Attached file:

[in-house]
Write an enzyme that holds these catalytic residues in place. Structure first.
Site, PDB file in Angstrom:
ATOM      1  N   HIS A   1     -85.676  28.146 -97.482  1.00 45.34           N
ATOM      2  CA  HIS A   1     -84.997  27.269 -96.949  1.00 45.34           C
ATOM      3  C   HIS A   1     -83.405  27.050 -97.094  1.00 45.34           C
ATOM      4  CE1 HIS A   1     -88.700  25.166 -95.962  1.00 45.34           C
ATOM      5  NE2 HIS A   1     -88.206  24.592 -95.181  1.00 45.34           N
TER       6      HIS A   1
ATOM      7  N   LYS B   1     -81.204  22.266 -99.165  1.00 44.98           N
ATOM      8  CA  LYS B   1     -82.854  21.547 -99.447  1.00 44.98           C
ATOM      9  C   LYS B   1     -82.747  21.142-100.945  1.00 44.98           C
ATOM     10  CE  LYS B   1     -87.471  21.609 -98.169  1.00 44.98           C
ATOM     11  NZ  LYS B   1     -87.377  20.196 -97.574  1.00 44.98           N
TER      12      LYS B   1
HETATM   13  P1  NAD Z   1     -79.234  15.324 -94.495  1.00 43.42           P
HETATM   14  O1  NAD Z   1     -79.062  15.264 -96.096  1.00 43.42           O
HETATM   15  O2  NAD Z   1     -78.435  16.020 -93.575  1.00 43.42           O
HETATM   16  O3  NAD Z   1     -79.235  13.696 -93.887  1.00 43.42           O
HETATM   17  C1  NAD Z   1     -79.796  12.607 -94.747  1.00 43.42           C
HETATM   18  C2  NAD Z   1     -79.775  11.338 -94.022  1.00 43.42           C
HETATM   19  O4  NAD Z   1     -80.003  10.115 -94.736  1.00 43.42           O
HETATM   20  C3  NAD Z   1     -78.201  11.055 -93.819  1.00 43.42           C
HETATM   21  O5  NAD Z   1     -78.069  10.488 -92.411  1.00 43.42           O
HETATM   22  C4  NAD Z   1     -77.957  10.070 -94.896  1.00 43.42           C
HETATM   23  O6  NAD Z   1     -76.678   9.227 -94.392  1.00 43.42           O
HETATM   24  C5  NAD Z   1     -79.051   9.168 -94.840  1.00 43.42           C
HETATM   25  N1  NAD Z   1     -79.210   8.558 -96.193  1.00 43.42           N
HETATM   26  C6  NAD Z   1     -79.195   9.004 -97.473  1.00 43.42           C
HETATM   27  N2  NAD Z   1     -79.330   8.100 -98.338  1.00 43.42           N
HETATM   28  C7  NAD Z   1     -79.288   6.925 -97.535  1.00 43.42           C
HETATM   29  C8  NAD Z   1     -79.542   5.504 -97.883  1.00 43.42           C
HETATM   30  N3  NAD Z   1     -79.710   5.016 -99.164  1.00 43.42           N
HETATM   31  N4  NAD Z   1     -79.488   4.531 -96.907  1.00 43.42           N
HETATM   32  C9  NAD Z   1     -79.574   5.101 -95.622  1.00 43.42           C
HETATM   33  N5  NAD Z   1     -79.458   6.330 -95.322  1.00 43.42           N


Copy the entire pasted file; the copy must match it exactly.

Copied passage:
[in-house]
Write an enzyme that holds these catalytic residues in place. Structure first.
Site, PDB file in Angstrom:
ATOM      1  N   HIS A   1     -85.676  28.146 -97.482  1.00 45.34           N
ATOM      2  CA  HIS A   1     -84.997  27.269 -96.949  1.00 45.34           C
ATOM      3  C   HIS A   1     -83.405  27.050 -97.094  1.00 45.34           C
ATOM      4  CE1 HIS A   1     -88.700  25.166 -95.962  1.00 45.34           C
ATOM      5  NE2 HIS A   1     -88.206  24.592 -95.181  1.00 45.34           N
TER       6      HIS A   1
ATOM      7  N   LYS B   1     -81.204  22.266 -99.165  1.00 44.98           N
ATOM      8  CA  LYS B   1     -82.854  21.547 -99.447  1.00 44.98           C
ATOM      9  C   LYS B   1     -82.747  21.142-100.945  1.00 44.98           C
ATOM     10  CE  LYS B   1     -87.471  21.609 -98.169  1.00 44.98           C
ATOM     11  NZ  LYS B   1     -87.377  20.196 -97.574  1.00 44.98           N
TER      12      LYS B   1
HETATM   13  P1  NAD Z   1     -79.234  15.324 -94.495  1.00 43.42           P
HETATM   14  O1  NAD Z   1     -79.062  15.264 -96.096  1.00 43.42           O
HETATM   15  O2  NAD Z   1     -78.435  16.020 -93.575  1.00 43.42           O
HETATM   16  O3  NAD Z   1     -79.235  13.696 -93.887  1.00 43.42           O
HETATM   17  C1  NAD Z   1     -79.796  12.607 -94.747  1.00 43.42           C
HETATM   18  C2  NAD Z   1     -79.775  11.338 -94.022  1.00 43.42           C
HETATM   19  O4  NAD Z   1     -80.003  10.115 -94.736  1.00 43.42           O
HETATM   20  C3  NAD Z   1     -78.201  11.055 -93.819  1.00 43.42           C
HETATM   21  O5  NAD Z   1     -78.069  10.488 -92.411  1.00 43.42           O
HETATM   22  C4  NAD Z   1     -77.957  10.070 -94.896  1.00 43.42           C
HETATM   23  O6  NAD Z   1     -76.678   9.227 -94.392  1.00 43.42           O
HETATM   24  C5  NAD Z   1     -79.051   9.168 -94.840  1.00 43.42           C
HETATM   25  N1  NAD Z   1     -79.210   8.558 -96.193  1.00 43.42           N
HETATM   26  C6  NAD Z   1     -79.195   9.004 -97.473  1.00 43.42           C
HETATM   27  N2  NAD Z   1     -79.330   8.100 -98.338  1.00 43.42           N
HETATM   28  C7  NAD Z   1     -79.288   6.925 -97.535  1.00 43.42           C
HETATM   29  C8  NAD Z   1     -79.542   5.504 -97.883  1.00 43.42           C
HETATM   30  N3  NAD Z   1     -79.710   5.016 -99.164  1.00 43.42           N
HETATM   31  N4  NAD Z   1     -79.488   4.531 -96.907  1.00 43.42           N
HETATM   32  C9  NAD Z   1     -79.574   5.101 -95.622  1.00 43.42           C
HETATM   33  N5  NAD Z   1     -79.458   6.330 -95.322  1.00 43.42           N